What is the outcome for Sneddon syndrome?

Sneddon syndrome is a chronic, progressive disease often resulting in cognitive decline and early-onset dementia due to the cumulative effect of multiple cerebral infarcts.

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Bibliography

  • Samanta D, Cobb S, Arya K. Sneddon syndrome: a comprehensive overview. J Stroke Cerebrovasc Dis. 2019;28(8):2098–108. doi: 10.1016/j.jstrokecerebrovasdis.2019.05.013. PubMed
  • Wu S, Xu Z, Liang H. Sneddon's syndrome: a comprehensive review of the literature. Orphanet J Rare Dis. 2014;9:215. doi:10.1186/s13023-014-0215-4.  PubMed
  • Orac A, Artenie A, Toader MP, et al. Sneddon syndrome: rare disease or under diagnosed clinical entity? Review of the literature related to a clinical case. Rev Med Chir Soc Med Nat Iasi. 2014;118(3):654-60. PubMed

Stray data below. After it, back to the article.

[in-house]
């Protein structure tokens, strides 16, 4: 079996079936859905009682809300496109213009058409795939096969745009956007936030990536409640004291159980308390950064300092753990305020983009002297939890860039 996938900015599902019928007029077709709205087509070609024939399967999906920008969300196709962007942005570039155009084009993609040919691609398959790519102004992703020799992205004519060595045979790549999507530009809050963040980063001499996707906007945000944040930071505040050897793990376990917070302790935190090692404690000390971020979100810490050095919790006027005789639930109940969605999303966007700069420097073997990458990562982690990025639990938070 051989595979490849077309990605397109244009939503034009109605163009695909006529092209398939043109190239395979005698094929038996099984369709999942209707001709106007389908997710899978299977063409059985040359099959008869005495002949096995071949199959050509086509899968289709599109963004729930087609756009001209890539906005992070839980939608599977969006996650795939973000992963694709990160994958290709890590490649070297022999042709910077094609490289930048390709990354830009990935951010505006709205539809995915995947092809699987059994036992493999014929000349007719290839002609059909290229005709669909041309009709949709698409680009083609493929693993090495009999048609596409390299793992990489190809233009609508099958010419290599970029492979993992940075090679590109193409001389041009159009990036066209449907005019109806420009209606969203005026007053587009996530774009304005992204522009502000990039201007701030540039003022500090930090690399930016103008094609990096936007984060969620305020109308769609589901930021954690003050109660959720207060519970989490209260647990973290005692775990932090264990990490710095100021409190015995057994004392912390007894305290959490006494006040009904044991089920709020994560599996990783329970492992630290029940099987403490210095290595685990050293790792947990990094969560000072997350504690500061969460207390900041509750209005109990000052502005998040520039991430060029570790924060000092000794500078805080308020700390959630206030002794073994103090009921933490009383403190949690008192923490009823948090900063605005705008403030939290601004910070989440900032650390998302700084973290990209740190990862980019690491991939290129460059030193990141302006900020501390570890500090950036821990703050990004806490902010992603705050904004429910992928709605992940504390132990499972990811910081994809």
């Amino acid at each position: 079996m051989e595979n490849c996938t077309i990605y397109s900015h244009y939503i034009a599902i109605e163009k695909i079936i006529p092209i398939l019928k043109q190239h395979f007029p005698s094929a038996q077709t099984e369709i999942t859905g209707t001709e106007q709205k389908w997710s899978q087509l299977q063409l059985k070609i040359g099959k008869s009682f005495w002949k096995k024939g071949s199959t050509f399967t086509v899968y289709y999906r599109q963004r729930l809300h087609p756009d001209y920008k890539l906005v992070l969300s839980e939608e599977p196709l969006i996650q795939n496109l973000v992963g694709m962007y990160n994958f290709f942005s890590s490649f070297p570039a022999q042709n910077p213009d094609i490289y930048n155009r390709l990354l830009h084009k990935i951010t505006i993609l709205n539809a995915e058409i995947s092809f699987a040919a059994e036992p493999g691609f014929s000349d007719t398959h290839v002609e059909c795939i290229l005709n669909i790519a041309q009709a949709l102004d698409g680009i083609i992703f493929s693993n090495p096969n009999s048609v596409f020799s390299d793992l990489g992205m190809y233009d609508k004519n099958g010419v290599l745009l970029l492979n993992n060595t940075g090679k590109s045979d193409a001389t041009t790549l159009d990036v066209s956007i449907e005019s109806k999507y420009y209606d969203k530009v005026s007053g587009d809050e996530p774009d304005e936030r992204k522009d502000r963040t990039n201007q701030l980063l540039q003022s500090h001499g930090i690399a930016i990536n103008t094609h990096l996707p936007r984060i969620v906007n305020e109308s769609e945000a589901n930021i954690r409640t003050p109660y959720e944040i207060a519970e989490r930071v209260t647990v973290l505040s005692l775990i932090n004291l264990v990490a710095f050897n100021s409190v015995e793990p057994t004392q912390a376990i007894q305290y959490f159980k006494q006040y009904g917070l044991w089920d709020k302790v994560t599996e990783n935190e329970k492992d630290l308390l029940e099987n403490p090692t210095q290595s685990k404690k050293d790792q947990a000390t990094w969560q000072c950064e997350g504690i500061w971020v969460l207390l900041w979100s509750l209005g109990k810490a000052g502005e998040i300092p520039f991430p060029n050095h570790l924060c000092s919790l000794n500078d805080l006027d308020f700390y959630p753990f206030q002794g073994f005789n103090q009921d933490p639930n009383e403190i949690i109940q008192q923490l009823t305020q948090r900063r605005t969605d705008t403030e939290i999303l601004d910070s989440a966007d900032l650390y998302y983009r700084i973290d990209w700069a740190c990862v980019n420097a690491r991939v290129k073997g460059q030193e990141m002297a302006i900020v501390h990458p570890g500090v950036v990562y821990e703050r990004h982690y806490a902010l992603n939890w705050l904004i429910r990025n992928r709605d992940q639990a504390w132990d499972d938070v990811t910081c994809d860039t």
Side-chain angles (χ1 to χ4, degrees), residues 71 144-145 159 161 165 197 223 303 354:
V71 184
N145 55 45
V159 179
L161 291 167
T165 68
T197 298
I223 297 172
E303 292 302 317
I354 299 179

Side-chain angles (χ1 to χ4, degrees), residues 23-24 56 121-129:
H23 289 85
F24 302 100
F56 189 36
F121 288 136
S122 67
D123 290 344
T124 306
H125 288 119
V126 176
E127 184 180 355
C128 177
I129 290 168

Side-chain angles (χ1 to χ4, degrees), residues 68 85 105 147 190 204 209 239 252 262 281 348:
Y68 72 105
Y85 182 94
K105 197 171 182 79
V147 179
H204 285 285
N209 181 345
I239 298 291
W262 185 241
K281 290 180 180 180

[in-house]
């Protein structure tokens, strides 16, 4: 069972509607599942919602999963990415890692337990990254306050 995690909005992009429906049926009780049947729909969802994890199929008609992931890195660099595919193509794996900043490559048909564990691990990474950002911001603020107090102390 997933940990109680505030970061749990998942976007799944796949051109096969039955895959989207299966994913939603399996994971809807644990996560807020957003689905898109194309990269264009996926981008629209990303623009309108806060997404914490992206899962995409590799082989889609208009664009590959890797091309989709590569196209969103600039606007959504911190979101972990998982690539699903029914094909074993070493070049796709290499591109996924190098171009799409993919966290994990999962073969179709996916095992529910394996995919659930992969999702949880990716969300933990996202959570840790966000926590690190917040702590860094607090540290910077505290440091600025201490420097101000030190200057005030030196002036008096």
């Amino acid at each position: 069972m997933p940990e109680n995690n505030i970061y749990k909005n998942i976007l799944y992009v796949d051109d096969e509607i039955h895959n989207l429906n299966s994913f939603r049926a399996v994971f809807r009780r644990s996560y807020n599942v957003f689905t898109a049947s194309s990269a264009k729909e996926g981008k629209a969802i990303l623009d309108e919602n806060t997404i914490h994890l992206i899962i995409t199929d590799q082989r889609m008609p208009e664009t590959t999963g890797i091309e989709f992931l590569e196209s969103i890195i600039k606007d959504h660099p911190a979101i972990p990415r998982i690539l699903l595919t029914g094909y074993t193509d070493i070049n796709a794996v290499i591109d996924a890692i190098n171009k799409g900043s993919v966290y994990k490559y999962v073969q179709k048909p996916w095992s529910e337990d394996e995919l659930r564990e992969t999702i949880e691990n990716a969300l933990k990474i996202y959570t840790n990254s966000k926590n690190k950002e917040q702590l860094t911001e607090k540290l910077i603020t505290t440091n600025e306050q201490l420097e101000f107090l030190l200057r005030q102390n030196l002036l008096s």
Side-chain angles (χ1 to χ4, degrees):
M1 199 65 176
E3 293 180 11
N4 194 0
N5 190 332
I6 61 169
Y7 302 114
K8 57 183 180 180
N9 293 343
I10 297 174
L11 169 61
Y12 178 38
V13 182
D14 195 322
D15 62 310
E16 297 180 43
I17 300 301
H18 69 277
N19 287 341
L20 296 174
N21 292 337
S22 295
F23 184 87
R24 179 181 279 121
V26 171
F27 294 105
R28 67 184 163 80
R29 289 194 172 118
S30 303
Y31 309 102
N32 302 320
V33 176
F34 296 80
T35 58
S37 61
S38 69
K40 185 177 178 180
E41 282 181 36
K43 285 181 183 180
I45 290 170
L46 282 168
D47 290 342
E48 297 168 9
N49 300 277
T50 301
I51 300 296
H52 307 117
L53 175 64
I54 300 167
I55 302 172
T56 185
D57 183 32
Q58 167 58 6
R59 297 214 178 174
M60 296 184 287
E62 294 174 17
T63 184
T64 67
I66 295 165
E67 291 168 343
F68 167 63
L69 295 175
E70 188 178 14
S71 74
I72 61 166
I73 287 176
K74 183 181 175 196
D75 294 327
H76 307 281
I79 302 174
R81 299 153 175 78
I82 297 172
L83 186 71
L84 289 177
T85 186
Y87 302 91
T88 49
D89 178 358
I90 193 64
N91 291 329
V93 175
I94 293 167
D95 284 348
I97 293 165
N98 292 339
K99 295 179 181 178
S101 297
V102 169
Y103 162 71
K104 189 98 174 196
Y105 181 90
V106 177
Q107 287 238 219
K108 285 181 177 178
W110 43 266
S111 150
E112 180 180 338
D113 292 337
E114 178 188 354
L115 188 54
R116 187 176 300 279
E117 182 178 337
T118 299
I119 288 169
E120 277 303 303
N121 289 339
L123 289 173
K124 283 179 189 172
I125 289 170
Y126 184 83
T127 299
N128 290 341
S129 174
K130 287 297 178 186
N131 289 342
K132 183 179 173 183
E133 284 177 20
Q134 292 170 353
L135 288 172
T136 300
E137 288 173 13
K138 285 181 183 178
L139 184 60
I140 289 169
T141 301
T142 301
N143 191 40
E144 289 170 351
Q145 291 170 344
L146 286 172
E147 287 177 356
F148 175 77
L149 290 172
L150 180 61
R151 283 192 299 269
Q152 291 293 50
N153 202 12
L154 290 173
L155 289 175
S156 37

• Elmahi H, Mernissi FZ. Sneddon syndrome. Pan Afr Med J. 2019;34:9. doi:10.11604/pamj.2019.34.9.11903. PubMed Central
  • Köner O, Günay I, Cetin G, Celebi S. Mitral valve replacement in a patient with Sneddon syndrome. J Cardiothorac Vasc Anesth. 2005;19(5):661-4. doi:10.1053/j.jvca.2005.07.011. PubMed
  • Boesch SM, Plörer AL, Auer AJ, et al. The natural course of Sneddon syndrome: clinical and magnetic resonance imaging findings in a prospective six year observation study. J Neurol Neurosurg Psychiatry. 2003;74(4):542-4. doi:10.1136/jnnp.74.4.542. PubMed
  • Bersano A, Morbin M, Ciceri E, et al. The diagnostic challenge of Divry van Bogaert and Sneddon syndrome: report of three cases and literature review. J Neurol Sci. 2016;364:77-83. doi:10.1016/j.jns.2016.03.011. PubMed